The 1990s were again characterized by large reforms in several provinces that were in response to various factors including the perceived poor performance of Canadian students in international rankings as well as high dropout rates. Inclusiveness was also emphasized in the reforms, with efforts to engage and represent a wider diversity of perspectives. A basic core academic curriculum, to be completed by all, was supplemented with alternative subjects within which a student could pursue his or her own interests. This new curriculum was adopted with the mandate of responding to the diversity of the population and better preparing young people for the labour force. New high school curriculum emphasized career-related skills (e.g., skills in technology and communication) in addition to academic study, with the intention of preparing students to be productive future citizens with a variety of skill sets. An anticipated outcome of accommodating a more diverse student population was the retention of students who would otherwise be at high risk for dropping out.
While curriculum has historically been provincially specific to fit the needs of a diverse population, the Council of Ministers of Education (CMEC) was established in 1967 in order for provinces to collaborate on common curricular goals. The CMEC has, for example, coordinated a number of student assessments that are administered across the country. The first development of CMEC was the Pan-Canadian Science Project (PCSP), which was aimed at producing a science curriculum with the same learning outcomes across all provinces and territories for kindergarten through to Grade 12. Science was chosen as the first area of cooperation due to the perceived importance of scientific literacy in the wider scope of the economy, and in order to keep up with the American science curriculum reforms that had been underway since the early 1990s (Percy 1998). The materials on this project are available for individual provincial and territorial jurisdictions to incorporate into their science curricula (Dodd 2002). Many provinces have implemented the PCSP.
In 1995, a Pan-Canadian Protocol for Collaboration in School Curriculum was adopted in order to improve the overall education quality across provinces and territories and also to foster cooperation between the jurisdictions. In 1993, education ministers in the western provinces and the Yukon and Northwest Territories signed the Western Canadian Protocol for Collaboration in Basic Education (K–12), with Nunavut joining in 2000. A similar alliance was created among the Atlantic provinces in 1995 with the establishment of the Atlantic Provinces Education Foundation. The mandate of the Western Canadian Protocol and the Atlantic Provinces Education Foundation is to create common curriculum outcomes and methods of assessment between the jurisdictions (Dodd 2002).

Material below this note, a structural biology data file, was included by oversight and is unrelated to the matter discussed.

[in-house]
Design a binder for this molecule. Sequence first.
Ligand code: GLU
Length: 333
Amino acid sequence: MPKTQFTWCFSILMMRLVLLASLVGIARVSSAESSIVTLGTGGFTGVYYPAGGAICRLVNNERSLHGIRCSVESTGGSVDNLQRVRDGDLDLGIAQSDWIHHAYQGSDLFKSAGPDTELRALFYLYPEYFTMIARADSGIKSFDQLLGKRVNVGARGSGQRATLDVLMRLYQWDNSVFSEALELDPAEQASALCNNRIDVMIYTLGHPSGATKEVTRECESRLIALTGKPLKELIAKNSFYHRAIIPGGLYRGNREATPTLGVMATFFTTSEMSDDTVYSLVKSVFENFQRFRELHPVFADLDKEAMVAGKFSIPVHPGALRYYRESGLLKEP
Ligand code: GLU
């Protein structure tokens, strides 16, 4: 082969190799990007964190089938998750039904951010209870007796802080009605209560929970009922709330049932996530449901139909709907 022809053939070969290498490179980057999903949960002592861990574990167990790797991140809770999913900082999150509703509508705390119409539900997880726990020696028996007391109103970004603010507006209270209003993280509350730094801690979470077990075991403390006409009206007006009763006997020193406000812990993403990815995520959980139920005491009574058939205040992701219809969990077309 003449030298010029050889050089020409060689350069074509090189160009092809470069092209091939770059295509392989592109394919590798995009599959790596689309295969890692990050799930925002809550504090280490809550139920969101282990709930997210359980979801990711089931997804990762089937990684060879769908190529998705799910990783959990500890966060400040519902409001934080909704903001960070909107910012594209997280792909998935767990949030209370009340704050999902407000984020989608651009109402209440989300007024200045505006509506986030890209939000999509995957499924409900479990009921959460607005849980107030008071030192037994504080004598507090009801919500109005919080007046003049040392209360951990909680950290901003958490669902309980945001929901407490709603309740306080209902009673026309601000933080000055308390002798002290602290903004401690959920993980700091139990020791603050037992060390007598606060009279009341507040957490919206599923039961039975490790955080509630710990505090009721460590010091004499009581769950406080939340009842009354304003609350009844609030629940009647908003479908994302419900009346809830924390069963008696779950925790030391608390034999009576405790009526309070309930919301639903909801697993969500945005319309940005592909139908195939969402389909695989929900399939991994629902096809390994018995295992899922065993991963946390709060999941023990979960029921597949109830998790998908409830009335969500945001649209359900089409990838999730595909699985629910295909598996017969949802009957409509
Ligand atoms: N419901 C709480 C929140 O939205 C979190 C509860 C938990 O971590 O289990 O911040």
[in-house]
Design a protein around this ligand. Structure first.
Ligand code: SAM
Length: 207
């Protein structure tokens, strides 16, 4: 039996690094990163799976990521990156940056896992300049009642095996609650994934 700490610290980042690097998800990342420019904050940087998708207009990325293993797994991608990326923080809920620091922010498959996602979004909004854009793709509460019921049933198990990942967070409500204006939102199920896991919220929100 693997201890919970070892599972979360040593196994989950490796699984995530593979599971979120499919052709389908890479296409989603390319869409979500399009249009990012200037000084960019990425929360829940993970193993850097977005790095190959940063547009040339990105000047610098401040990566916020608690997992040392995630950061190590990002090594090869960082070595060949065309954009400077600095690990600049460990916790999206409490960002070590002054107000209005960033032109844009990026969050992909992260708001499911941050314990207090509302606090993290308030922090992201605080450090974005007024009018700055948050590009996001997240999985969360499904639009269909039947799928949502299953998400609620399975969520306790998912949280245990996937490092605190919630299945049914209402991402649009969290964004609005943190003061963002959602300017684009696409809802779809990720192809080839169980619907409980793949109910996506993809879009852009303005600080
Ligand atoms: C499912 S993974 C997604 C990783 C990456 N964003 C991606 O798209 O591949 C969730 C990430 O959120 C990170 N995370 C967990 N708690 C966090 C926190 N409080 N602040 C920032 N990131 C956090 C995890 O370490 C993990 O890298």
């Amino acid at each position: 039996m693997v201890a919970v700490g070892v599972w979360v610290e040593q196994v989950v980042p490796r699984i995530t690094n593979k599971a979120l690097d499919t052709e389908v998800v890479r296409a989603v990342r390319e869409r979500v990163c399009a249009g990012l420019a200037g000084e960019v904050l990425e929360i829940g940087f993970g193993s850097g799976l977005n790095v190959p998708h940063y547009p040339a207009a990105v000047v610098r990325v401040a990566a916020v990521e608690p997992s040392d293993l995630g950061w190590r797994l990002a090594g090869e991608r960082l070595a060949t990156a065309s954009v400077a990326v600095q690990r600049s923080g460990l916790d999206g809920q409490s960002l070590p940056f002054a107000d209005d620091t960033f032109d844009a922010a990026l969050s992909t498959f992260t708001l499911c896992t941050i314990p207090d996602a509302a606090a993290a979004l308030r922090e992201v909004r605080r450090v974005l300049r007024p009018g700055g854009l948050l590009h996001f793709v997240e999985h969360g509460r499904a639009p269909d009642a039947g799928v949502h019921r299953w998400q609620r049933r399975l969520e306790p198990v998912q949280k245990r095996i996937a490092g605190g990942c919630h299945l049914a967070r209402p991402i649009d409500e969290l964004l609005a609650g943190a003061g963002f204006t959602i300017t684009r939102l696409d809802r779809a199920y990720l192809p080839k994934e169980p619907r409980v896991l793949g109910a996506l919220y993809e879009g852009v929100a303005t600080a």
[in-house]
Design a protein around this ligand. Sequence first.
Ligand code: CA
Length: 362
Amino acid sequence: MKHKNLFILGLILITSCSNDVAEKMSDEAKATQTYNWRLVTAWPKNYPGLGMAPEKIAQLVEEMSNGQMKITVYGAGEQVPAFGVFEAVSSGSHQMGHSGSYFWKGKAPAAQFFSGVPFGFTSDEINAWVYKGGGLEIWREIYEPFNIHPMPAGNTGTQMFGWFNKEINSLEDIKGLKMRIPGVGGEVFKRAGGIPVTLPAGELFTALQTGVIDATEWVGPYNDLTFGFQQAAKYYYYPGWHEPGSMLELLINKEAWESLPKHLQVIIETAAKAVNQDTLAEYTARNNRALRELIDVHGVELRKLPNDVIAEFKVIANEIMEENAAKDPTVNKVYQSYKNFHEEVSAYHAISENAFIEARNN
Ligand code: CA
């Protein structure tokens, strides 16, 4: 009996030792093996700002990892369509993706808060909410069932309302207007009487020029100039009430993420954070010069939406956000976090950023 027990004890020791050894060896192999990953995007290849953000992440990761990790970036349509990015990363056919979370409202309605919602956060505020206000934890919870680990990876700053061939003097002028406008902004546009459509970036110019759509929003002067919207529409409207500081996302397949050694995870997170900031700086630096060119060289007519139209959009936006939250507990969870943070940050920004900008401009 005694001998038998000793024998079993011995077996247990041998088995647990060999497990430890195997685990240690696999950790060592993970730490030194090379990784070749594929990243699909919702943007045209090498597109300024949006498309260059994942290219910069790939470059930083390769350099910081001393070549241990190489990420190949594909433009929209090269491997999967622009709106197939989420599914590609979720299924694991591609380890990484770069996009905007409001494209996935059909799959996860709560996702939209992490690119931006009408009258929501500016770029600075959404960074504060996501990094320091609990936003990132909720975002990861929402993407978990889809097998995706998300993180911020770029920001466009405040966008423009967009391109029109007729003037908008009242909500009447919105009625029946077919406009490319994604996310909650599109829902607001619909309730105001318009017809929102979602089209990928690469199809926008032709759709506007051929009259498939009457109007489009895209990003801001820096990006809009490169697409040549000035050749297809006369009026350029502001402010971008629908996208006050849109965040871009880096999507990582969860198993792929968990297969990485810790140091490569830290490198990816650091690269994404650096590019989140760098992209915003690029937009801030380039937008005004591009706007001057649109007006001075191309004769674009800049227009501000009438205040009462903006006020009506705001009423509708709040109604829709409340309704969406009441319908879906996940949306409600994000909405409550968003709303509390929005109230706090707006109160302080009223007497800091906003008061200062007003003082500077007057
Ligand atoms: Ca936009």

11.3.1 Influences on Curriculum
While there is general consensus that it is of fundamental importance to educate children and young people, the specific content of that education is subject to debate. Parents are a major source of influence on the curriculum, as are political/cultural organizations and corporations.
While subjects like reading are regarded as essential skills, what children are permitted to read in class continues to be a topic that can create much debate. The Freedom of Expression Committee (www.freedomtoread.ca) monitors censorship issues in Canada, including books that parents have made cases for removing from school curricula and libraries. Jenkinson (1986) indicates that most advocates of banning particular books in schools are individual parents. The annual lists compiled by the Freedom of Expression Committee reveal that in 2009 at least 74 “challenges” were received by the Canadian Library Association about library holdings that at least one person wished to have removed. In the previous year, this number was 139. For example, in 2008, a parental complaint in Toronto argued for the removal of Margaret Atwood’s The Handmaid’s Tale from a Grade 12 English class on the grounds that it used profanity and described violent scenes involving sexual degradation. The school board retained the novel in the curriculum. In 2002, Black parents and teachers in Yarmouth, Digby, and Shelburne, Nova Scotia, challenged Harper Lee’s To Kill a Mockingbird and Barbara Smucker’s Underground to Canada on the grounds that they contained language that was derogatory to Black people. Parents expressed concern that it could lead to racial stereotyping and to their own children being mocked. Ultimately, these books were not removed from the school library.